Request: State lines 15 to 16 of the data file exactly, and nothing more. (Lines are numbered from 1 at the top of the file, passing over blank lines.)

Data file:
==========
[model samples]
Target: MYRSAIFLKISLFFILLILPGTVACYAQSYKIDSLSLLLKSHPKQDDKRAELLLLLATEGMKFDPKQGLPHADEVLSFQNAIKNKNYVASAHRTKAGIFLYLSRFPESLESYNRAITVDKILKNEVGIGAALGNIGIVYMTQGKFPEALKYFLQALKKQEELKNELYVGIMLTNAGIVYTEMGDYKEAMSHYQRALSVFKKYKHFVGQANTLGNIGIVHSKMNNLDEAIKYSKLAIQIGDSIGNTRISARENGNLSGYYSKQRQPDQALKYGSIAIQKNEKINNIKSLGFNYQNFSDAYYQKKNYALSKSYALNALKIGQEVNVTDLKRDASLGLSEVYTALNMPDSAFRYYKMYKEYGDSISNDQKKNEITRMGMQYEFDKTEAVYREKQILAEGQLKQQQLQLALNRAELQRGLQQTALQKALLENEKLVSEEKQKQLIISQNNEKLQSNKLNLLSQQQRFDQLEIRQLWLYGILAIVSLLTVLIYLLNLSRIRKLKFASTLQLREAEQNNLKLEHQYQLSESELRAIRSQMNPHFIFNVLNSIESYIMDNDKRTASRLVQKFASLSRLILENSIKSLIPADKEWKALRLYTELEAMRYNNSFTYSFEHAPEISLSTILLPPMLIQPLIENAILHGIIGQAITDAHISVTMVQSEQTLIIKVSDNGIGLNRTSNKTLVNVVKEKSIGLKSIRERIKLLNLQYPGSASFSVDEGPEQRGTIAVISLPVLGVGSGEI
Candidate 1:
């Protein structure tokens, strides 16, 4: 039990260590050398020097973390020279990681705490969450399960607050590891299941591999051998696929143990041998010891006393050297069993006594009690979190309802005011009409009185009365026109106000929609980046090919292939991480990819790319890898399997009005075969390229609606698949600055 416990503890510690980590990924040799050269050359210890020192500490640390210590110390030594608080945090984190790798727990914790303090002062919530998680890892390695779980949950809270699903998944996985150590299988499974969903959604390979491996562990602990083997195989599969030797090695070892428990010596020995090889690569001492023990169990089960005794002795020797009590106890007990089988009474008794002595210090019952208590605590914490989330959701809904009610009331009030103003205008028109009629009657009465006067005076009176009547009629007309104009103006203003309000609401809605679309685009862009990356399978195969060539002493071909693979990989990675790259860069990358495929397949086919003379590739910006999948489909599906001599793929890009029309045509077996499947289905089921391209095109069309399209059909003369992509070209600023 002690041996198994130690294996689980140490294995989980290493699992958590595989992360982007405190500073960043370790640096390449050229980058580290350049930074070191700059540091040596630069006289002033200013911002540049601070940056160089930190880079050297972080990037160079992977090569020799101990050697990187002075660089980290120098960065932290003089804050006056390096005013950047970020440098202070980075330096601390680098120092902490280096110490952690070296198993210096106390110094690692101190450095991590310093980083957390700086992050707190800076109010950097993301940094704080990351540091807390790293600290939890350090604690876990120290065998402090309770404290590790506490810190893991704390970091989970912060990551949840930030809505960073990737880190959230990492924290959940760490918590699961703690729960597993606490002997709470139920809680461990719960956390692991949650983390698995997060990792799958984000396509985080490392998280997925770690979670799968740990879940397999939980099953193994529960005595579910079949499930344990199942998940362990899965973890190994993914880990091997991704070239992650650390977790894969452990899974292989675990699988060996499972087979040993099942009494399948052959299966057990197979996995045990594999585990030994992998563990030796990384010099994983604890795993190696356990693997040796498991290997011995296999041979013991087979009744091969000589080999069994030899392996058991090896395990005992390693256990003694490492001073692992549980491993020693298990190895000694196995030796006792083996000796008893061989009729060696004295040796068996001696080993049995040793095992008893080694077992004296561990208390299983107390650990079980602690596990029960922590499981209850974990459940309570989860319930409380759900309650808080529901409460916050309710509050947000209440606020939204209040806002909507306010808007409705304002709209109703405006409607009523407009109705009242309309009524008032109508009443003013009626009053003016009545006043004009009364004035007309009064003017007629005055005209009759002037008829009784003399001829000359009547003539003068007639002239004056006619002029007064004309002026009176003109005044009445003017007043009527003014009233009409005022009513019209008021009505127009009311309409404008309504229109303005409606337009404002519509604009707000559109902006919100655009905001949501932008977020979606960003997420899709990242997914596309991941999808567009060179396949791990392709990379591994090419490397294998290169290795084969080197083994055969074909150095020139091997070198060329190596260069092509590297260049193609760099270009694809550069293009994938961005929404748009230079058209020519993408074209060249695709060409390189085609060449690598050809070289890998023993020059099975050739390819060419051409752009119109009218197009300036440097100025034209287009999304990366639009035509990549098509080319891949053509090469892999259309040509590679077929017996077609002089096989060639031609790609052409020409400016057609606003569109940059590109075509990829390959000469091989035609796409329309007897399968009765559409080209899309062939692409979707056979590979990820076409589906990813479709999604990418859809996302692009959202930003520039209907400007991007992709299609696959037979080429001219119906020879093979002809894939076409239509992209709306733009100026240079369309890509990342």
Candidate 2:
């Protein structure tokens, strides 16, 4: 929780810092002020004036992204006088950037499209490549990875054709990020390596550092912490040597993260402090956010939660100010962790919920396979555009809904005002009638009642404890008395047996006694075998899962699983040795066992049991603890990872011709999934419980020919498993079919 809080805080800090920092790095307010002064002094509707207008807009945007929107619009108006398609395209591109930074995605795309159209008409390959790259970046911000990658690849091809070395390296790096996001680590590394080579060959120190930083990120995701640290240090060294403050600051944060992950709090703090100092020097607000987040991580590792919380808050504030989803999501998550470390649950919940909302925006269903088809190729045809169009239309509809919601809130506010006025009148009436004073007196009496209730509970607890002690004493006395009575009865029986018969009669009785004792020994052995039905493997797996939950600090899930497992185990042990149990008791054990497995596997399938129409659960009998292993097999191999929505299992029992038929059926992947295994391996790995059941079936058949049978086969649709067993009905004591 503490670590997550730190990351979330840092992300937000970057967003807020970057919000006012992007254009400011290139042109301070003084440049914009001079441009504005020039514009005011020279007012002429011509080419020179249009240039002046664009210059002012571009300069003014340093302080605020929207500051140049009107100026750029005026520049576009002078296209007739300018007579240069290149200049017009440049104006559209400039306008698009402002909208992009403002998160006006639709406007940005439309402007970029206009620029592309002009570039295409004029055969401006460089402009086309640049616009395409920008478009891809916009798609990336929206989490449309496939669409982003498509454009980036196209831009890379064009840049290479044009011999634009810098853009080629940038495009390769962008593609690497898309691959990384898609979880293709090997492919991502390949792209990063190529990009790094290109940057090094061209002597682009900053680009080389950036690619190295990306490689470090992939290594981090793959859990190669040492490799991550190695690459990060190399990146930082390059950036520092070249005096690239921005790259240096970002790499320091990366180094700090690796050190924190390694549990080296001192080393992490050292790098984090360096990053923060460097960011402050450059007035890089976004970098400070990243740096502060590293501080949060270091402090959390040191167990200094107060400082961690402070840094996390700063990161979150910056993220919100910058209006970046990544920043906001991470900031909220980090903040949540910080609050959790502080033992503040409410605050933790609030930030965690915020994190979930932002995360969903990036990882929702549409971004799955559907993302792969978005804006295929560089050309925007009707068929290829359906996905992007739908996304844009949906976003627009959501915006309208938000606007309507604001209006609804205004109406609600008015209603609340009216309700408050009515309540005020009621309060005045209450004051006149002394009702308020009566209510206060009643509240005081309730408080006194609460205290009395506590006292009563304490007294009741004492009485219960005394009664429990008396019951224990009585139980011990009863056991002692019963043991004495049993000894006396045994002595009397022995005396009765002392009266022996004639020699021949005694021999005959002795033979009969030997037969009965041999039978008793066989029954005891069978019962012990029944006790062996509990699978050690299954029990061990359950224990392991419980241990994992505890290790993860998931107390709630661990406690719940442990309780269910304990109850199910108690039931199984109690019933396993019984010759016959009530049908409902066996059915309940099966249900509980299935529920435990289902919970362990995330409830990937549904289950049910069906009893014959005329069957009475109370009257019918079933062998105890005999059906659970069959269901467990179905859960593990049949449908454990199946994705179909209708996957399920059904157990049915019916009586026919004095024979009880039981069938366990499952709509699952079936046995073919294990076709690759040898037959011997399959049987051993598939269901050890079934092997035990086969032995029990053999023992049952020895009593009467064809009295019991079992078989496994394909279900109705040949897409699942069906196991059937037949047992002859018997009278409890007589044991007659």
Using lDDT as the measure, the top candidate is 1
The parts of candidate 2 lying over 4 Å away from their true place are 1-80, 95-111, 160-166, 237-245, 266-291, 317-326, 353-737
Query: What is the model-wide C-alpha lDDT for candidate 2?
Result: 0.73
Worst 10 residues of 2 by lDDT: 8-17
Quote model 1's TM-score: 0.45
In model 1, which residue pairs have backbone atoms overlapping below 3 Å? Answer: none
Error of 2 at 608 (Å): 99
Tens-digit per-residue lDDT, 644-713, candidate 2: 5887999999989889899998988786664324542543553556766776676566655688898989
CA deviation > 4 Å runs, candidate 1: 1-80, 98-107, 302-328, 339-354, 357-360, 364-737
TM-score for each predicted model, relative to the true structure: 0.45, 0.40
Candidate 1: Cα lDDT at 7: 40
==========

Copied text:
Tens-digit per-residue lDDT, 644-713, candidate 2: 5887999999989889899998988786664324542543553556766776676566655688898989
CA deviation > 4 Å runs, candidate 1: 1-80, 98-107, 302-328, 339-354, 357-360, 364-737